A spouse, children, friends, life partners, and strong platonic relationships provide a unique and powerful feeling that is difficult to find anywhere else. This is largely because they’re intimately connected to the eye-opening, natural desire to reproduce and leave our mark on the world through posterity.

        2. Detox from Technology and Gain Perspective

        Next up, we have the extremely important need to detox from time to time. Modern life is fraught with dangerously addicting distractions like social media, that can take up gobs of time without our ever even realizing it. And the effects can go beyond simply frittering away time. In fact, one study suggested that perhaps as much as a staggering 30% of divorces originate with Facebook interactions.[1]

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        Life doesn’t simply happen in a vacuum, though. Once you’ve managed to disconnect from those devices and social profiles, it’s important to take that time and energy and redirect it towards a healthier mindset.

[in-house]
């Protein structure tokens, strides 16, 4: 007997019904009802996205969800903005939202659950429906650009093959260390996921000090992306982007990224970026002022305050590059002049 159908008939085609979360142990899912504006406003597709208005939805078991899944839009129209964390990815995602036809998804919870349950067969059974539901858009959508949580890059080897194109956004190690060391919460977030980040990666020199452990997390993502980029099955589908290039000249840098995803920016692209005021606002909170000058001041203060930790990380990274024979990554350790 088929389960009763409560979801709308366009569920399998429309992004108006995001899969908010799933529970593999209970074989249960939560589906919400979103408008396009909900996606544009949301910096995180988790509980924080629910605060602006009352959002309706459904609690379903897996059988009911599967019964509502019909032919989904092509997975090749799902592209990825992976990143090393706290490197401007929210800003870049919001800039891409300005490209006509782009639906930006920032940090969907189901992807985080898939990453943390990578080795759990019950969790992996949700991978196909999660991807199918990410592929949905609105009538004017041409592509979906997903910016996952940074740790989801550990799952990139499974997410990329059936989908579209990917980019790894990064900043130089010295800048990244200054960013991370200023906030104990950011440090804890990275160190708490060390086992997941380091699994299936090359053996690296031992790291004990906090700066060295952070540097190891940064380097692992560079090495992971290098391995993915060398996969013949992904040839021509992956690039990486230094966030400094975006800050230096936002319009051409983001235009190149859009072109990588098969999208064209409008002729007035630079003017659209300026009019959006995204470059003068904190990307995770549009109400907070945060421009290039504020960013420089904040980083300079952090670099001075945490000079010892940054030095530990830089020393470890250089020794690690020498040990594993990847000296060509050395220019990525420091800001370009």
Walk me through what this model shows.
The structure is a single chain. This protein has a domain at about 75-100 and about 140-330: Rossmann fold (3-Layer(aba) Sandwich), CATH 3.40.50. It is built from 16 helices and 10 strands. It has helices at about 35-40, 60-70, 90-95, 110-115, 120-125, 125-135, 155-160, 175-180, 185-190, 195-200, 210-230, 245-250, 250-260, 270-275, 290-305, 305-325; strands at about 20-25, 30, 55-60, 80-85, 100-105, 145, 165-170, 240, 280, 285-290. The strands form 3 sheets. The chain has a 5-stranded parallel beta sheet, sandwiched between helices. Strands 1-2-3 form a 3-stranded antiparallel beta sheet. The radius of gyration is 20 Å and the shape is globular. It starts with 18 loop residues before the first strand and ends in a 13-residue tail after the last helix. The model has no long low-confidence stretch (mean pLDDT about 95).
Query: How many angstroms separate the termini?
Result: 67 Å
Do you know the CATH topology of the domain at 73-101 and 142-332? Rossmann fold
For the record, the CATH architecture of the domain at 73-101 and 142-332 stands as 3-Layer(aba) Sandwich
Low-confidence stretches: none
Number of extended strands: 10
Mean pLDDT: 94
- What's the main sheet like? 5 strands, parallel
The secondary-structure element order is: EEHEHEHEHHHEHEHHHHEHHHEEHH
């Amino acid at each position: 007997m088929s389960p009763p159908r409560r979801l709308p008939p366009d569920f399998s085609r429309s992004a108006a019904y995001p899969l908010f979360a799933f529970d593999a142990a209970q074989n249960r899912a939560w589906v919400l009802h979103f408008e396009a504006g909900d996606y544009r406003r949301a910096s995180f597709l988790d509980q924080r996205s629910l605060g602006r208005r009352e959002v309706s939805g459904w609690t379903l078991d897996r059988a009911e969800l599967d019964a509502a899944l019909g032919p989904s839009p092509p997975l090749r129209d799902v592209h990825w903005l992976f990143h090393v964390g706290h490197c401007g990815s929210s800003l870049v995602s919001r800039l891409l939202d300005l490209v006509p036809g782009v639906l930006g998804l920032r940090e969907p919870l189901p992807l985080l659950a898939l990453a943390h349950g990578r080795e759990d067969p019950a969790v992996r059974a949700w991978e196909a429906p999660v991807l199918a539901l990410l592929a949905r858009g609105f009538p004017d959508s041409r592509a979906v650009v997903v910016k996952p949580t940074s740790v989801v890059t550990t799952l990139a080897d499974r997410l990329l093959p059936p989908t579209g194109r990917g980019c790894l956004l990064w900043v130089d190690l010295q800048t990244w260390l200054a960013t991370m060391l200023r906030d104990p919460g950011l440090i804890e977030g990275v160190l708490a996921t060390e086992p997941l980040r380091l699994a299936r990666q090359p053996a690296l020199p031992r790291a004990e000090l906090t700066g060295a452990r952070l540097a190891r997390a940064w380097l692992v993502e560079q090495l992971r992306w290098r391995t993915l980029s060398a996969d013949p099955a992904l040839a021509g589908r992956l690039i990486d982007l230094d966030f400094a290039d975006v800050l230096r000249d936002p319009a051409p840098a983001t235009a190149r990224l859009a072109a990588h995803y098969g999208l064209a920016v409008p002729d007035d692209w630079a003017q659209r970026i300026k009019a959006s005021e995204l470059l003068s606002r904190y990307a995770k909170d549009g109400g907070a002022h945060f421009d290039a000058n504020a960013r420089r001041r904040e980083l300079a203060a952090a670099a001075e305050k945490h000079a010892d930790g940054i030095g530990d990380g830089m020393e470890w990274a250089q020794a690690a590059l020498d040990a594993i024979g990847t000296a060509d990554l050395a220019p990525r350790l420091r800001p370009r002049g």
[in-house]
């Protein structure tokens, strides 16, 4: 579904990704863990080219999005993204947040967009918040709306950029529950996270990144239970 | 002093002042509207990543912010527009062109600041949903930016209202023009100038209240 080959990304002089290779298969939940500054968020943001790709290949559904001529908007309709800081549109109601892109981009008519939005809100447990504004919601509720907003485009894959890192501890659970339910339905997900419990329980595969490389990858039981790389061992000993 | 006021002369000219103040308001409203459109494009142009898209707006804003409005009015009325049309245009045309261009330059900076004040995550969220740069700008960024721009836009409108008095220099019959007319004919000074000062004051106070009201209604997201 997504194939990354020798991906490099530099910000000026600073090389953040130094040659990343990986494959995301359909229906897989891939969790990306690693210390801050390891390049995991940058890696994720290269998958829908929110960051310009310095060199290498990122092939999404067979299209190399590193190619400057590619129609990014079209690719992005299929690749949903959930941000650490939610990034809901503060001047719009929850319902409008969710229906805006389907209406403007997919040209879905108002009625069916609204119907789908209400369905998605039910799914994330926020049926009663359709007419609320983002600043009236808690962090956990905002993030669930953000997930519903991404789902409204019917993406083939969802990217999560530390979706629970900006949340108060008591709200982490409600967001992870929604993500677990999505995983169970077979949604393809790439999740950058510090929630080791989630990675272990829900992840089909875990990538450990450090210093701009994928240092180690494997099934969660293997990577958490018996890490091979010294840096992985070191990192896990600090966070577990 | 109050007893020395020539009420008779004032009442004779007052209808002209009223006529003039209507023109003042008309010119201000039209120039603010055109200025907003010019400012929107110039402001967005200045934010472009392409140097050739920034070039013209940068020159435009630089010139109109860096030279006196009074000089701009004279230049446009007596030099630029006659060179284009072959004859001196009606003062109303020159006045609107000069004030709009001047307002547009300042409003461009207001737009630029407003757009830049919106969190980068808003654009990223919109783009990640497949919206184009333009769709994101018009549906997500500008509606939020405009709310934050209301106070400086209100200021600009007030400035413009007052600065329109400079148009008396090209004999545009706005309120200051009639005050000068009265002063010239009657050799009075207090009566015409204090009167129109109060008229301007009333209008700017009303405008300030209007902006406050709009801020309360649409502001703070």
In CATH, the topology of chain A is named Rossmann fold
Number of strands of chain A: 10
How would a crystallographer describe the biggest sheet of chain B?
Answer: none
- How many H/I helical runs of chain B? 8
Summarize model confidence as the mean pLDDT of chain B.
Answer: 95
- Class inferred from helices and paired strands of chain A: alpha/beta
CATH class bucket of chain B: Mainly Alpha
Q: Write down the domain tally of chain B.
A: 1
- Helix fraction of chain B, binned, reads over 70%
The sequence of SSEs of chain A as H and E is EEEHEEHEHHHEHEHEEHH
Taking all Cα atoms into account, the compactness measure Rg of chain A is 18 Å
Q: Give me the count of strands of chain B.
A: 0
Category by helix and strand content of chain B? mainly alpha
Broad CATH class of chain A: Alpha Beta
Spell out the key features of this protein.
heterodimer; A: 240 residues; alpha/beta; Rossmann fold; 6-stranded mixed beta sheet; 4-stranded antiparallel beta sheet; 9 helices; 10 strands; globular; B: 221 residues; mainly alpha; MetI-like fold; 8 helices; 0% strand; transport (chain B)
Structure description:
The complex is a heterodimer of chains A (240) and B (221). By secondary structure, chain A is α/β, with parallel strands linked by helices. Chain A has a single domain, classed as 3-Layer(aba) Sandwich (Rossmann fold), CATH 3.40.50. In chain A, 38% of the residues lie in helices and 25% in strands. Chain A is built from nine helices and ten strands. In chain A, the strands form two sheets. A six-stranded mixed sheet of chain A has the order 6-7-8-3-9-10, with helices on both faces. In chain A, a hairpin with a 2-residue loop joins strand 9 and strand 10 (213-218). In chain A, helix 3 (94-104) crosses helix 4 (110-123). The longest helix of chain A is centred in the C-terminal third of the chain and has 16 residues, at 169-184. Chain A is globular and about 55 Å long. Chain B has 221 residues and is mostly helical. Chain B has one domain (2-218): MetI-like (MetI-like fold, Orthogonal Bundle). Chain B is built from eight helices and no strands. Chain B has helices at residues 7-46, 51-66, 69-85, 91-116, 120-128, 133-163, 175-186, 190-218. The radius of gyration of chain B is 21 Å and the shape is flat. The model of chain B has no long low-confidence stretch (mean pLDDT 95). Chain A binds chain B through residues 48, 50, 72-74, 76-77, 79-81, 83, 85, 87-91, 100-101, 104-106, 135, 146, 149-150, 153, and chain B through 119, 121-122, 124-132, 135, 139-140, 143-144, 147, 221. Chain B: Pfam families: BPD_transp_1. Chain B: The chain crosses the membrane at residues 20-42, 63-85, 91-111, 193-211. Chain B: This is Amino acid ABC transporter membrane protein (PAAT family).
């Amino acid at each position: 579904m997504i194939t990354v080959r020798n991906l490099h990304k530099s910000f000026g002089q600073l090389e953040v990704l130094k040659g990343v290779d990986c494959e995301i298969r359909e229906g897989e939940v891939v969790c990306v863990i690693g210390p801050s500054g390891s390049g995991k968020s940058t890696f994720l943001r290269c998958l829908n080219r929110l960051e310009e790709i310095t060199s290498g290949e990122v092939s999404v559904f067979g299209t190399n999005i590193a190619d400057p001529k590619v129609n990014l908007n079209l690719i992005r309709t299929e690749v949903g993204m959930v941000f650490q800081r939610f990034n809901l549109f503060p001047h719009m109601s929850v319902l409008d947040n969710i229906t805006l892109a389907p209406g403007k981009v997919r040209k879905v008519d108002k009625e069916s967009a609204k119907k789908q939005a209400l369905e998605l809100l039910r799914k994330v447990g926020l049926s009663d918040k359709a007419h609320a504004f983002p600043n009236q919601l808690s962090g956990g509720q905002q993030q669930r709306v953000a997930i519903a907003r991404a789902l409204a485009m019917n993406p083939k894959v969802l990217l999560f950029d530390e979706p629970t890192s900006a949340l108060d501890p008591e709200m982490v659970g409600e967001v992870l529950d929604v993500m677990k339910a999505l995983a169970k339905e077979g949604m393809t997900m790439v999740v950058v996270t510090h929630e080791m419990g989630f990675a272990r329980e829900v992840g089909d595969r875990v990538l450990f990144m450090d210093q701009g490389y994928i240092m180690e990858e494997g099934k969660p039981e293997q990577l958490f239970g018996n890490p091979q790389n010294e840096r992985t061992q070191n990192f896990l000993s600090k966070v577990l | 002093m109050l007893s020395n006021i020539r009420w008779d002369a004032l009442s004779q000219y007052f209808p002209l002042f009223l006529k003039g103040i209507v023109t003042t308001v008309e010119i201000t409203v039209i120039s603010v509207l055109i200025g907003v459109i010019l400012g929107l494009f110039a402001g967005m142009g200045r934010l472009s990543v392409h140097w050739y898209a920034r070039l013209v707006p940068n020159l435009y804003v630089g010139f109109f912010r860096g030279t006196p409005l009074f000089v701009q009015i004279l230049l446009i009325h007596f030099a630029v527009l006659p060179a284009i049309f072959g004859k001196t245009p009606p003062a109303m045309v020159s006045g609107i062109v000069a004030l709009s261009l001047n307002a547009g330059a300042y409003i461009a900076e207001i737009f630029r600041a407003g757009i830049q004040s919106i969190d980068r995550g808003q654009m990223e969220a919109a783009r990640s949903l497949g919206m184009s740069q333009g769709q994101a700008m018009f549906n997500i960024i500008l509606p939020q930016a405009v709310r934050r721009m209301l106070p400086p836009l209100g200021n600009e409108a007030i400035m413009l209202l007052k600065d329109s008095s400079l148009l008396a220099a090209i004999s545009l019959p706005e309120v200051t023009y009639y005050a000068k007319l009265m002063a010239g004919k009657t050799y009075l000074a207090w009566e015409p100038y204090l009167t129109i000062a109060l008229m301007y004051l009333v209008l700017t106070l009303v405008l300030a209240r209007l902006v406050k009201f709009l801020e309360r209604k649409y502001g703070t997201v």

Spend time meditating, praying, and even simply dwelling on an attitude of gratefulness. Find things that you’re thankful for and make an effort to express appreciation for what you have on a regular basis (you know, rather than envying others as we scroll through our Facebook feeds).

        One of the keystones to life that numerous wise men throughout history always hearken back to is the simple appreciation, gratefulness, and thanks that come with a good perspective.

        3. Look for Meaningful Ways to Give Back

        Donations and charities aren’t lacking these days. In fact, the phenomenon of charitable giving is at an all-time high. Awareness has skyrocketed in the age of information, and Americans gave a record-breaking $410.02 billion to charity in 2017 alone.[2]

        But just because we know how to give doesn’t mean we’re really, truly invested in giving back to others. Real, honest giving doesn’t come out of personal abundance and overflow, nor does it typically take the form of a crisp dollar bill. It comes out of a desire to help others — a desire that can be huge in helping to get a healthy perspective of life.

        If you want to find out more about life, consider genuinely giving back to the world around you. Don’t just scrounge up your extra cash and give it to a cause someone else is passionate about.